Amblyopia is poor vision in an eye that did not develop normal sight during early childhood. It is sometimes called “lazy eye.”
When one eye develops good vision while the other does not, the eye with the poorer vision is called amblyopic. Usually, only one eye is affected by amblyopia, but it is possible for both eyes to be “lazy.” This condition is called bilateral amblyopia.
The condition is common; approximately two or three out of every 100 people has amblyopia. The best time to correct amblyopia is during infancy or early childhood.
Newborn infants are able to see, but as they use their eyes during the first months of life, their vision improves. During early childhood years, their visual system changes quickly and their sight continues to develop.
In order to have normal vision, it is important that both eyes develop equal vision. If a child has amblyopia and cannot use his or her eyes normally, vision does not develop properly and may even decrease. After the first nine years of life, the visual system is normally fully developed and usually cannot be changed.
If amblyopia treatment is not begun as early as possible, several problems can develop that can seriously affect vision from childhood into adulthood:
- the amblyopic eye may develop a serious and permanent visual defect;
- depth perception (seeing in three dimensions) may be lost, because good vision in both eyes is needed;
- if the stronger eye becomes diseased or injured, it can mean a lifetime of poor vision.
People with amblyopia in one eye are more than twice as likely to lose vision in the healthy eye from trauma. If the vision in one eye should be lost later in life from an accident or illness, it is essential that the other eye have normal vision.Another important reason to make sure amblyopia is detected and treated as early as possible in childhood: people who have good vision in only one eye may find they are limited in the kinds of jobs they can perform.Your ophthalmologist can teach you how amblyopia can be treated, and can help you and your child successfully carry out this treatment.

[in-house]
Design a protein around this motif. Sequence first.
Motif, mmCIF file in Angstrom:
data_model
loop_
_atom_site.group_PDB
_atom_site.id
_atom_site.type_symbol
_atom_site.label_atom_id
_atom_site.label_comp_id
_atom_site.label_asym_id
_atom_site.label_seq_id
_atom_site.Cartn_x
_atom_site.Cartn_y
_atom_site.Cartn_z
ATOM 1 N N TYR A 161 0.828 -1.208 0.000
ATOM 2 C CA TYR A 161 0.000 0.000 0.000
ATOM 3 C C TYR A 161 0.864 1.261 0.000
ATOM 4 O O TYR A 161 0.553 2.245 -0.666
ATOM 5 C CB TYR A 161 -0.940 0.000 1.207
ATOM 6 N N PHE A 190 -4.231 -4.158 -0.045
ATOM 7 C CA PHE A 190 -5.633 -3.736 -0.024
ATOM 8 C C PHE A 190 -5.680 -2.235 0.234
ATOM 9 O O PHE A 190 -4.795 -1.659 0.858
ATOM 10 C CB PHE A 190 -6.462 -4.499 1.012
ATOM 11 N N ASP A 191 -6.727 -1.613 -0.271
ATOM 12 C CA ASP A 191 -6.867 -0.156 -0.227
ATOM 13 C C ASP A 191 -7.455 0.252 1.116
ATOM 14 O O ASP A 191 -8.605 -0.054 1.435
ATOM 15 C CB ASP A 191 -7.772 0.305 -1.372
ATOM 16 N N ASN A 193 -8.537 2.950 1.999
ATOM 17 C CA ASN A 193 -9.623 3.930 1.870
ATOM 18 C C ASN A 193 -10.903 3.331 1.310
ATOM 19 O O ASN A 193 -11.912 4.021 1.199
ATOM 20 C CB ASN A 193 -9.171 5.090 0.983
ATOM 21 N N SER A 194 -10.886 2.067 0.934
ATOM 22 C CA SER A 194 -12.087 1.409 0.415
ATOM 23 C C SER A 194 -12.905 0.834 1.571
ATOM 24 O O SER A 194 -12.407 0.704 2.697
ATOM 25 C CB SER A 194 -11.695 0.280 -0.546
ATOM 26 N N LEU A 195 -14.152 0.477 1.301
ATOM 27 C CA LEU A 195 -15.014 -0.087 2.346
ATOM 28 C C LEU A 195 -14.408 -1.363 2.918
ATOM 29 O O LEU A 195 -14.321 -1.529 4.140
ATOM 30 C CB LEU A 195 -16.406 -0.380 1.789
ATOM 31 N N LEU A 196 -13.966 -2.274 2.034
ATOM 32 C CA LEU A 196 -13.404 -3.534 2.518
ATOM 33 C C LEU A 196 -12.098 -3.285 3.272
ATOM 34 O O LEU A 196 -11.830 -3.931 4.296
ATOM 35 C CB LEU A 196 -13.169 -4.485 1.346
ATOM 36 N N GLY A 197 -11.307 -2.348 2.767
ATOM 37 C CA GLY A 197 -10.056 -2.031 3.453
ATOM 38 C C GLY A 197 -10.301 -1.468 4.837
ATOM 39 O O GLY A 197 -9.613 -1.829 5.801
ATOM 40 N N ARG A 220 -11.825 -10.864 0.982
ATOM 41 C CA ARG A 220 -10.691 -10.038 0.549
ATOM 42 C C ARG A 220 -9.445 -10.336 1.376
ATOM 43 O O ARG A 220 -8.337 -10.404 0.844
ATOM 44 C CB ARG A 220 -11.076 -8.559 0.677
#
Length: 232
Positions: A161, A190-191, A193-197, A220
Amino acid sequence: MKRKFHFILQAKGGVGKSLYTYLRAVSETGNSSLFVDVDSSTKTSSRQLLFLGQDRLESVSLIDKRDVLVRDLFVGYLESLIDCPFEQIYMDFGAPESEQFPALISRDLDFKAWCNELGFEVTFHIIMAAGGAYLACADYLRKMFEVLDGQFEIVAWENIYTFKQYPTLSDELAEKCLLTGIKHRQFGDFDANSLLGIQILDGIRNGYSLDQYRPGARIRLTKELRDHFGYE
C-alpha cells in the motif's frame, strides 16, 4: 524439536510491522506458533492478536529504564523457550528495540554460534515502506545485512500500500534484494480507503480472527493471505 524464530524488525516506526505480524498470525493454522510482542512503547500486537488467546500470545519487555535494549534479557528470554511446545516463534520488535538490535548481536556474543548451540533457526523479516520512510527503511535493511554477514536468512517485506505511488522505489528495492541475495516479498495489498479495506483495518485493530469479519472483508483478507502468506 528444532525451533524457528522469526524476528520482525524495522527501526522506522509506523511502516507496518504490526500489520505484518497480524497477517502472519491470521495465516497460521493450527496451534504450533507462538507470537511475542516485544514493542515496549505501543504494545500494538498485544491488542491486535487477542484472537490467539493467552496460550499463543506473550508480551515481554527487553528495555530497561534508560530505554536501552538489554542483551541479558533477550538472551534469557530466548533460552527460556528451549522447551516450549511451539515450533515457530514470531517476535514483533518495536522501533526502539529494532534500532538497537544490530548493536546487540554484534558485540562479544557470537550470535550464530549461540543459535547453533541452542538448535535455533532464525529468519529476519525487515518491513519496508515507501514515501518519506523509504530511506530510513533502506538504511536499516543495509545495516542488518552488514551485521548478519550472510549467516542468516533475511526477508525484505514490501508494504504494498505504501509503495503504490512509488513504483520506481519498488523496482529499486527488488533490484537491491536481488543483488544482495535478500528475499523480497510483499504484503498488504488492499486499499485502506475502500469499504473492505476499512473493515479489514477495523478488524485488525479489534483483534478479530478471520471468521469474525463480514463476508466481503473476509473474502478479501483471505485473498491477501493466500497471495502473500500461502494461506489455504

Refraction is when the eye focuses light onto the retina to form a visual image. A refractive error occurs when the light is not properly focused in the eye and vision is blurry. When a child has refractive, or anisometropic, amblyopia, it means he or she has a different amount of refractive error in each eye. When this is the case, the brain will use the better-seeing eye and essentially “turn off” vision from the weaker eye. At first, eyeglasses may help by correcting the refractive error in both eyes, allowing them to work equally together. Then the amblyopia may be further treated to help improve vision and depth perception.
It is not easy to recognize amblyopia (lazy eye) in children. A child may not be aware of having one stronger eye and one weaker eye. Unless the child has an eye that is misaligned or another condition that can be seen, there is often no way for parents to tell that something is wrong.
Some symptoms of amblyopia (lazy eye) to look for in a child include:
- Poor vision in one eye or overall poor vision
- Squinting, tilting the head or closing one eye to see
- Poor depth perception (difficulty judging relative distances between objects)
- An inward- or outward-wandering eye
If a parent notices these symptoms in their child, it is very important that the child be examined by an ophthalmologist. Lazy eye correction or treatment should begin as soon as possible so that the child’s visual system can develop properly.
The following factors can raise a child’s risk of having amblyopia (lazy eye):
- Having misaligned eyes (strabismus)
- Severe nearsightedness or farsightedness in both eyes
- Unequal vision in both eyes (one eye more nearsighted or farsighted than the other)
- Having a condition that prevents light from entering the eye correctly, such as cataract or possibly a droopy eyelid
- Family history of amblyopia or strabismus
- Premature birth or low birth weight
All children, whether or not they are at risk for amblyopia (lazy eye), should have their eyes examined during their regular well-child visits with their primary care doctor or provider; detecting and treating amblyopia as early as possible will make a real difference later on in their lives. In addition to the well-baby exams that all babies should have as newborns and between ages 6 to 12 months, preschool-aged children should have their vision screened by their pediatrician or primary care doctor between 3 and 4 years old.